Extended Period of Eligibility (EPE)

There is a trial work period during which Social Security Disability recipients can make more than the Substantial Gainful Activity (SGA) amount without losing disability benefits.

SGA amounts are currently set at $1010 per month for most SSDI recipients and $1690 per month for those who are blind. During a trial work period, you are allowed to test your ability to work for at least nine months.

Regardless of how much you earn, you can continue to receive your full disability benefits during this period as long as you are working while disabled.

After your trial work period ends, there is a 36-month period in which you can work and still receive disability benefits for any month your earnings fall below the SGA amount. This is your Extended Period of Eligibility (EPE).

Extended Period of Eligibility

Your Extended Period of Eligibility lasts for 36 consecutive months and begins the month after your trial work period ends. During your Extended Period of Eligibility you can continue to receive disability benefits as long as your gross earnings remain below $1010 per month ($1690 if you are blind).

If your gross earnings exceed the SGA amount during any month of your Extended Period of Eligibility, you will enter a three-month grace period. During this grace period you will continue receiving Social Security Disability Insurance (SSDI) payments regardless of your earnings. After the grace period ends you will not receive SSDI payments for any months in which your earnings reach the SGA amount. If your earnings remain below the SGA amount, your SSDI payments will resume, but if your earnings remain at the SGA amount or above, you will no longer be eligible for SSDI benefits.

Because work expenses relating to your disability are taken into consideration, it is possible to earn substantially more than the SGA amount and remain eligible for Social Security Disability benefits. The Social Security Administration deducts the cost of any disability-related items or services necessary for your work from your earnings when determining whether you are eligible to continue receiving disability payments. Even items and services helpful in your daily life are eligible for this deduction as long as they are necessary for your work. Examples of items and services that may qualify for this deduction include counseling services, a personal attendant, a wheelchair, and co-payments for prescription drugs you need in order to work.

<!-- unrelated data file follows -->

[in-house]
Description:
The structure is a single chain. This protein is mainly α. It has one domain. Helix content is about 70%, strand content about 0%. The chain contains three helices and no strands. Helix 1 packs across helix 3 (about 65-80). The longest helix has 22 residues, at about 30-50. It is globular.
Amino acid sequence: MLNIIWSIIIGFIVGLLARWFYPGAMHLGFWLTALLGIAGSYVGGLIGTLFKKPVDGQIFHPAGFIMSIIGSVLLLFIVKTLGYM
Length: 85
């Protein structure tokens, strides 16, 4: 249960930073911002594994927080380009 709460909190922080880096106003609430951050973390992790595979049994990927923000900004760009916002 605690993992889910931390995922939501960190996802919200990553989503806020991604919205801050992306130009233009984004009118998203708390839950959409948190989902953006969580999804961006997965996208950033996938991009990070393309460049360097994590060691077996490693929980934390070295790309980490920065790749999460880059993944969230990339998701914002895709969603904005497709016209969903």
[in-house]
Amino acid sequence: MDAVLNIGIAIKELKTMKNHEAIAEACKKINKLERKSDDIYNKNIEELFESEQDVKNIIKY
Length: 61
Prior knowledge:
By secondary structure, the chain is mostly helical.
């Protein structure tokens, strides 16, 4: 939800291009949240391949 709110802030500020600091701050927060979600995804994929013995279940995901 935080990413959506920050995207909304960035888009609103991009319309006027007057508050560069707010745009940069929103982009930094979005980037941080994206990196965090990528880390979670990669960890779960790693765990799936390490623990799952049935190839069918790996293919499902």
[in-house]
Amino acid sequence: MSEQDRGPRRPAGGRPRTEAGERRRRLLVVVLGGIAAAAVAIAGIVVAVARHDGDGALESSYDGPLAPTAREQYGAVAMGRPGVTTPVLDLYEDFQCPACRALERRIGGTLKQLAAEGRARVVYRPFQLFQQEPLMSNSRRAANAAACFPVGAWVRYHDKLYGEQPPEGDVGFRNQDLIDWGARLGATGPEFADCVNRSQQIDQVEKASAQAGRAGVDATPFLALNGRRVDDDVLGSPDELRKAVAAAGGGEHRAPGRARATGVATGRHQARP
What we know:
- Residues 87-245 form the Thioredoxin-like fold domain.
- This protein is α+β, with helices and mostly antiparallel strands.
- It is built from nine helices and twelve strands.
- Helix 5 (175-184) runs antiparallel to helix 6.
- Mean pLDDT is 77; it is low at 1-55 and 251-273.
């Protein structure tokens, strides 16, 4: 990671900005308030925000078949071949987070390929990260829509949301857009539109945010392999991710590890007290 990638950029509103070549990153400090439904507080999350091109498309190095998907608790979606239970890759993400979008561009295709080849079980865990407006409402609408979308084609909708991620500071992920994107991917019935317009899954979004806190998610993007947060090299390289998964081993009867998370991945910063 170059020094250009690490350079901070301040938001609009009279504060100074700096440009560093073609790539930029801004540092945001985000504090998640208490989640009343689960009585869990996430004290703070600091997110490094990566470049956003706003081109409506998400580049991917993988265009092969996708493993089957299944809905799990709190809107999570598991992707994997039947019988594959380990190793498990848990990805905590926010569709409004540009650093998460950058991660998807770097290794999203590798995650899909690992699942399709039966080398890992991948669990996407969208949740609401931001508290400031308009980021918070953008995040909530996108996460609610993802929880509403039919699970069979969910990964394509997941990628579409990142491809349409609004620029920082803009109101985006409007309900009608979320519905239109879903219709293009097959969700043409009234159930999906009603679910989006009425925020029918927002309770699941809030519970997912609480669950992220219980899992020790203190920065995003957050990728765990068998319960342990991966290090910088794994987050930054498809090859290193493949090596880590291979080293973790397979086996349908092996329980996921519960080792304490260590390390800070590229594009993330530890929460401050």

The fact that you are working while disabled, even if your earnings stay below the SGA amount, my influence a disability claims examiner or a disability judge who is considering your claim. For help making an informed decision about working while receiving SSDI benefits, you can contact a Social Security Work Incentives Planning and Assistance (WIPA) project. WIPA projects are community-based organizations providing information and assistance to people receiving disability benefits who are working or considering work. A WIPA community work incentive coordinator can help you understand how work may affect your disability benefits and can explain what other support may be available for people with disabilities who want to work.

Call 1-866-968-7842 (TTY 1-866-833-2967) to locate the WIPA project nearest you.

Making an informed decision is always the best thing you can do. If you would like to know more about your SSDI options, click here for a free SSDI evaluation. If you have any further questions about Social Security Disability, a qualified MedicareMall agent will be happy to answer them. We’ll also be glad to answer any questions you may have about Medicare Part A, Medicare Part B, Medicare Advantage, or Medigap plans.

Contact MedicareMall now and we’ll make it our priority to help you make the best-informed decisions possible.

 Social Security Disability Conditions
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